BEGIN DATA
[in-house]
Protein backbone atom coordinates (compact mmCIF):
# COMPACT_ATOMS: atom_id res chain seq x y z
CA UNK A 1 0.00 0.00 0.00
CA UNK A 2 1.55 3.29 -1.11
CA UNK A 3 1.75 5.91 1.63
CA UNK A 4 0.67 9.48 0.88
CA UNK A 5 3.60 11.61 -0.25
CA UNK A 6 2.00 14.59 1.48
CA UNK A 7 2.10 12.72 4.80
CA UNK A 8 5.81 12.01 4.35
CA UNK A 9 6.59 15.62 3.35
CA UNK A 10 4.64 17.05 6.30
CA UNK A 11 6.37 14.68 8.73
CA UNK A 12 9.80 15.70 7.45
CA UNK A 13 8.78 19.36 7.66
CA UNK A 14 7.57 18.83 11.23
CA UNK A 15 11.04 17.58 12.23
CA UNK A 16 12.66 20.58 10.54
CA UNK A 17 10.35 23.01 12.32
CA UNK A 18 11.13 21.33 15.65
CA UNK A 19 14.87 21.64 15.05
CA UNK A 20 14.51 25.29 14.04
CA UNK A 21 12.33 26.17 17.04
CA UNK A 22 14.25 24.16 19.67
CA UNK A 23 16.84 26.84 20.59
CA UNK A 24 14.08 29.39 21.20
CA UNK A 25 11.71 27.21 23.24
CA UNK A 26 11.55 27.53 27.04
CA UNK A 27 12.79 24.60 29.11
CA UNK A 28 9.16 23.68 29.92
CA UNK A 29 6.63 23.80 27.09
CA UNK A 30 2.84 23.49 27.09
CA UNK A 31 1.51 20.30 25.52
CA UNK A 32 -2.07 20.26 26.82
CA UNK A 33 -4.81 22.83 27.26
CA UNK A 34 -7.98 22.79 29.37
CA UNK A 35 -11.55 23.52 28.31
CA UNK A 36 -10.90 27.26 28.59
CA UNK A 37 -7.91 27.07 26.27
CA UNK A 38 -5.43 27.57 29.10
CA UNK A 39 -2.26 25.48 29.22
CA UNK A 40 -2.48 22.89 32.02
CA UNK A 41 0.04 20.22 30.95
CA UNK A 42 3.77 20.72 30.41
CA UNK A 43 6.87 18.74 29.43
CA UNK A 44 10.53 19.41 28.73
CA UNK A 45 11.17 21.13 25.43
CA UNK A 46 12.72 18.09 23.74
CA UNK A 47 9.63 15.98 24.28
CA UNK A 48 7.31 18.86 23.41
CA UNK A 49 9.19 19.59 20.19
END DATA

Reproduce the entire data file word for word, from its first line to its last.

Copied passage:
[in-house]
Protein backbone atom coordinates (compact mmCIF):
# COMPACT_ATOMS: atom_id res chain seq x y z
CA UNK A 1 0.00 0.00 0.00
CA UNK A 2 1.55 3.29 -1.11
CA UNK A 3 1.75 5.91 1.63
CA UNK A 4 0.67 9.48 0.88
CA UNK A 5 3.60 11.61 -0.25
CA UNK A 6 2.00 14.59 1.48
CA UNK A 7 2.10 12.72 4.80
CA UNK A 8 5.81 12.01 4.35
CA UNK A 9 6.59 15.62 3.35
CA UNK A 10 4.64 17.05 6.30
CA UNK A 11 6.37 14.68 8.73
CA UNK A 12 9.80 15.70 7.45
CA UNK A 13 8.78 19.36 7.66
CA UNK A 14 7.57 18.83 11.23
CA UNK A 15 11.04 17.58 12.23
CA UNK A 16 12.66 20.58 10.54
CA UNK A 17 10.35 23.01 12.32
CA UNK A 18 11.13 21.33 15.65
CA UNK A 19 14.87 21.64 15.05
CA UNK A 20 14.51 25.29 14.04
CA UNK A 21 12.33 26.17 17.04
CA UNK A 22 14.25 24.16 19.67
CA UNK A 23 16.84 26.84 20.59
CA UNK A 24 14.08 29.39 21.20
CA UNK A 25 11.71 27.21 23.24
CA UNK A 26 11.55 27.53 27.04
CA UNK A 27 12.79 24.60 29.11
CA UNK A 28 9.16 23.68 29.92
CA UNK A 29 6.63 23.80 27.09
CA UNK A 30 2.84 23.49 27.09
CA UNK A 31 1.51 20.30 25.52
CA UNK A 32 -2.07 20.26 26.82
CA UNK A 33 -4.81 22.83 27.26
CA UNK A 34 -7.98 22.79 29.37
CA UNK A 35 -11.55 23.52 28.31
CA UNK A 36 -10.90 27.26 28.59
CA UNK A 37 -7.91 27.07 26.27
CA UNK A 38 -5.43 27.57 29.10
CA UNK A 39 -2.26 25.48 29.22
CA UNK A 40 -2.48 22.89 32.02
CA UNK A 41 0.04 20.22 30.95
CA UNK A 42 3.77 20.72 30.41
CA UNK A 43 6.87 18.74 29.43
CA UNK A 44 10.53 19.41 28.73
CA UNK A 45 11.17 21.13 25.43
CA UNK A 46 12.72 18.09 23.74
CA UNK A 47 9.63 15.98 24.28
CA UNK A 48 7.31 18.86 23.41
CA UNK A 49 9.19 19.59 20.19